​Challenging the culture of rape at Rhodes

A Rhodes University student blows a whistle during a protest against sexual violence in the institution. (Fredlin Adriaan/The Times/Gallo)

A Rhodes University student blows a whistle during a protest against sexual violence in the institution. (Fredlin Adriaan/The Times/Gallo)

For Zikhona*, a fourth-year student at Rhodes University, life before the Reference List protests was nightmarish. As she moved around the campus, Zikhona, who chose not to use her real name, battled to escape reminders of the student whom she says raped her.

“It was suffocating,” she says. “Running into my perpetrator, seeing him on posters all over campus, hearing a close friend was sleeping with him. All this was so silencing.”

For some rape survivors, Rhodes’s Silent Protest against sexual violence, held annually since 2007, provided a much-needed chance to breathe. But, even in this pocket of supposed safety, another student, Lisa*, could not bring herself to speak about what had happened to her. Lisa, now pursuing her postgraduate studies, says: “My rapist was friends with my friends, and was in my dining hall. He wore a [Silent Protest] solidarity T-shirt and took pictures during the protest.”

‘We will not be silenced’
In April last year, a student collective resolved to challenge the silence about rape. Through the #Chapter212 poster campaign, they detailed alleged instances of the university’s failure to address sexual violence: the inadequate sexual assault policy, the insensitive treatment of survivors who had reported their cases and the university’s failure to expel perpetrators.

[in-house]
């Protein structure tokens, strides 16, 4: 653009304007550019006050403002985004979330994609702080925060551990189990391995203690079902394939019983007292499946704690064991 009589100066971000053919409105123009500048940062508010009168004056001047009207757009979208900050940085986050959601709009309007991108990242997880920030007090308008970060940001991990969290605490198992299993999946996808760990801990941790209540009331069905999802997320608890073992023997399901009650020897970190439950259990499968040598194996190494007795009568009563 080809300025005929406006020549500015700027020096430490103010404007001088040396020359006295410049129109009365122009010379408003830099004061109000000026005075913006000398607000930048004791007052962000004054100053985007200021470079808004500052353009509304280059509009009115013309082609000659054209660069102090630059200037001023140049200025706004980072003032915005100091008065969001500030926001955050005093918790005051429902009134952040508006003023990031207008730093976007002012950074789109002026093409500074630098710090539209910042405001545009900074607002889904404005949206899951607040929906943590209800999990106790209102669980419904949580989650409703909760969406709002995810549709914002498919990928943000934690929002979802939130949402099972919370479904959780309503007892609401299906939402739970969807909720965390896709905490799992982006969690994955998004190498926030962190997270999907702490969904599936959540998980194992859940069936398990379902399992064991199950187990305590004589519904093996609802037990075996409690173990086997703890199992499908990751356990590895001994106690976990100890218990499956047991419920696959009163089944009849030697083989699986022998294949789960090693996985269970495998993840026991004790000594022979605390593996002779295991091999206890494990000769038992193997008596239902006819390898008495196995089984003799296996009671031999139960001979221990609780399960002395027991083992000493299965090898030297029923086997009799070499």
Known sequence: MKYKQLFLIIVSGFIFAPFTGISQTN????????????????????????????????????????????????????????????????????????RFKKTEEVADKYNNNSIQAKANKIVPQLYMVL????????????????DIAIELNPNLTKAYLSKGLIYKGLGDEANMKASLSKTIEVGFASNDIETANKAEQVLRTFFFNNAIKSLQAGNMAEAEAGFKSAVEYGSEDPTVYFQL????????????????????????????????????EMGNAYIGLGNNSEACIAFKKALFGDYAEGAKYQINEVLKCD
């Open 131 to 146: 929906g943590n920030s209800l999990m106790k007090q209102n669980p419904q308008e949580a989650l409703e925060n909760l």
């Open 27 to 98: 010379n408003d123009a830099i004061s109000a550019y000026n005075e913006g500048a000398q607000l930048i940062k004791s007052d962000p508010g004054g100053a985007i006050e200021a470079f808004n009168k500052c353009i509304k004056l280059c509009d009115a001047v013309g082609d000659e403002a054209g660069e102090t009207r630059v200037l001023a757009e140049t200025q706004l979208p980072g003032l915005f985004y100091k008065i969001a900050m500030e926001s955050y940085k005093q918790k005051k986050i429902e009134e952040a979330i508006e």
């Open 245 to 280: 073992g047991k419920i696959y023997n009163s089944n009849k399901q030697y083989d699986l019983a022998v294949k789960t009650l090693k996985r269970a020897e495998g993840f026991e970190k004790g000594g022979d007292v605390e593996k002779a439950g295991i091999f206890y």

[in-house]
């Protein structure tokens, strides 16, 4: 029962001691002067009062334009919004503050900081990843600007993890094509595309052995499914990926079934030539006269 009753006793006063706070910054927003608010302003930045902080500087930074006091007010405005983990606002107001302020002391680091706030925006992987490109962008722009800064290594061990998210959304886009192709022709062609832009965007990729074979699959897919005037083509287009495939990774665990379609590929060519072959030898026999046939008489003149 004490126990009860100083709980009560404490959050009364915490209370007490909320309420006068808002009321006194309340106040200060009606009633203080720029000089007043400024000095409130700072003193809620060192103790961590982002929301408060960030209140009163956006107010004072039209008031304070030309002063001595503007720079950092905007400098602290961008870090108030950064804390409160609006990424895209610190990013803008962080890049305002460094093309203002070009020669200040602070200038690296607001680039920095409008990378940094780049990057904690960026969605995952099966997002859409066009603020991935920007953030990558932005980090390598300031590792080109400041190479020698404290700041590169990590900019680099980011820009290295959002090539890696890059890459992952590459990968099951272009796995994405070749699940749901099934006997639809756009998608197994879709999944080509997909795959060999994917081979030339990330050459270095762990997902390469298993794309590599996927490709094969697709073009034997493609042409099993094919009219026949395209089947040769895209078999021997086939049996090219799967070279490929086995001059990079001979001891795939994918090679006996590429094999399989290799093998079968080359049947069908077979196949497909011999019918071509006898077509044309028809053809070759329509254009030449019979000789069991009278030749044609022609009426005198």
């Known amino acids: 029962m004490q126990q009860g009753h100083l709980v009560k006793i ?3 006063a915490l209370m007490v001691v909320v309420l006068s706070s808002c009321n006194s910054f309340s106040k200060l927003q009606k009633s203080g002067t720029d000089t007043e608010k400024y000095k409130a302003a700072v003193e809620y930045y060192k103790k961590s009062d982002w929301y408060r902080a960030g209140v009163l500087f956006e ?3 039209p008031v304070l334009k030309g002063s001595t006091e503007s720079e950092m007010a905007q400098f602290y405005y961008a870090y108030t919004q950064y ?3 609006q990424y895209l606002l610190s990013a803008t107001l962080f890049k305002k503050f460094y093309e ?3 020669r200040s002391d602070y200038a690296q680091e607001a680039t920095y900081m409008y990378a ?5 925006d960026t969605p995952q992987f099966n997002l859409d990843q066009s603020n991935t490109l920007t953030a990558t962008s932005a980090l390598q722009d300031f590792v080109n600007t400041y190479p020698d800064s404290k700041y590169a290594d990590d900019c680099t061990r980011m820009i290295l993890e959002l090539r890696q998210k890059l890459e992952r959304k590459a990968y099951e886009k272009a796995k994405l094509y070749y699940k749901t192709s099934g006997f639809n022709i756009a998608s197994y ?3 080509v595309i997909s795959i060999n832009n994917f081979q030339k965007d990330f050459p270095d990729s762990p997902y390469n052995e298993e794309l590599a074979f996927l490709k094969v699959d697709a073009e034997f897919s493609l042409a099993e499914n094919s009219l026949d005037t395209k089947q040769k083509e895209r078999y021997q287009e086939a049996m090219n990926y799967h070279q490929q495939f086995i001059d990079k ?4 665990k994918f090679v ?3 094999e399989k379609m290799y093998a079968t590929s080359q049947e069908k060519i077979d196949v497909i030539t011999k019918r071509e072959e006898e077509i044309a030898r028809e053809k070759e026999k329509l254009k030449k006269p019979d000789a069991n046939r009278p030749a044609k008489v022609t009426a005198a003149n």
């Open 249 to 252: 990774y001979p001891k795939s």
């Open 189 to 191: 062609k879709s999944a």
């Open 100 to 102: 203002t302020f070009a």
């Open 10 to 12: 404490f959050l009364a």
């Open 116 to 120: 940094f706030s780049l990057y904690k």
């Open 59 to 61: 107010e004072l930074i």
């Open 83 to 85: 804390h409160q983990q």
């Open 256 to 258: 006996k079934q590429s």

Zikhona loved the campaign. “I was so happy that this wasn’t just my secret — that it wasn’t just something I discuss with my friends in dark corners, never in public,” she says.

The #Chapter212 posters were swiftly removed by Rhodes’s campus protection unit. After negotiations with Rhodes staff members, the students who initiated the campaign were allowed to repost them. The university released a statement encouraging students who had experienced sexual violence to report their cases through the university’s internal structures.

Seeing the posters removed knocked Lisa’s confidence in the university’s willingness to deal with rape cases. She says: “The reaction to survivors speaking out from management physically hurt. [It hurt] that it was higher priority to maintain a good, safe, community-based university image.”

Without explanation, the posters were removed again later that week.

Author and academic Pumla Gqola wrote: “We can undo [gender violence] only by unmasking the collective denial, that lie that we tell about how we do not know who is abusing and raping.”

Zikhona first saw the Reference List — of 11 men’s names and no allegations — when a friend tagged her in the comments of the Facebook post. It has since been deleted.

Lisa went into shock when a friend sent her the list. “I was initially confused by why the list was so short.”

Bizan’iFire brigade, kuyatsha
As the Reference List engulfed social media that Sunday night, students mobilised: fetching the named students from their residences so they could respond to the list.